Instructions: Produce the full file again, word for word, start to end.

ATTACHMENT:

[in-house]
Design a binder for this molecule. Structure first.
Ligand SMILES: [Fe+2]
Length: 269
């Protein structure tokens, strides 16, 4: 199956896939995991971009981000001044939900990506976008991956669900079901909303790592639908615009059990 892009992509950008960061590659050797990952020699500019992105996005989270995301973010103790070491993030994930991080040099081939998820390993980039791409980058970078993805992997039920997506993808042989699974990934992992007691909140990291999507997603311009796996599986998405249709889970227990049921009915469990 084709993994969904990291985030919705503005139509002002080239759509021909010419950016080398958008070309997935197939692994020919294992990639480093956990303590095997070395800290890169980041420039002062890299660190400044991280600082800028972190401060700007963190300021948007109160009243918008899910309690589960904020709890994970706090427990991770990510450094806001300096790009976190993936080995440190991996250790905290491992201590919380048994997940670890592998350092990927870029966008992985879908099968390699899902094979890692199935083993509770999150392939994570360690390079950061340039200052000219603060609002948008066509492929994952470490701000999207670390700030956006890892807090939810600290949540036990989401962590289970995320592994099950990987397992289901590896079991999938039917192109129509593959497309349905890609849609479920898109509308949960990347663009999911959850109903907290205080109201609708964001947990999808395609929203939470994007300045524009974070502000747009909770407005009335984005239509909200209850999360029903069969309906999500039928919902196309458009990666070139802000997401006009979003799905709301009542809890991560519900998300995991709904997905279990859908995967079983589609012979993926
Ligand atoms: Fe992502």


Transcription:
[in-house]
Design a binder for this molecule. Structure first.
Ligand SMILES: [Fe+2]
Length: 269
């Protein structure tokens, strides 16, 4: 199956896939995991971009981000001044939900990506976008991956669900079901909303790592639908615009059990 892009992509950008960061590659050797990952020699500019992105996005989270995301973010103790070491993030994930991080040099081939998820390993980039791409980058970078993805992997039920997506993808042989699974990934992992007691909140990291999507997603311009796996599986998405249709889970227990049921009915469990 084709993994969904990291985030919705503005139509002002080239759509021909010419950016080398958008070309997935197939692994020919294992990639480093956990303590095997070395800290890169980041420039002062890299660190400044991280600082800028972190401060700007963190300021948007109160009243918008899910309690589960904020709890994970706090427990991770990510450094806001300096790009976190993936080995440190991996250790905290491992201590919380048994997940670890592998350092990927870029966008992985879908099968390699899902094979890692199935083993509770999150392939994570360690390079950061340039200052000219603060609002948008066509492929994952470490701000999207670390700030956006890892807090939810600290949540036990989401962590289970995320592994099950990987397992289901590896079991999938039917192109129509593959497309349905890609849609479920898109509308949960990347663009999911959850109903907290205080109201609708964001947990999808395609929203939470994007300045524009974070502000747009909770407005009335984005239509909200209850999360029903069969309906999500039928919902196309458009990666070139802000997401006009979003799905709301009542809890991560519900998300995991709904997905279990859908995967079983589609012979993926
Ligand atoms: Fe992502």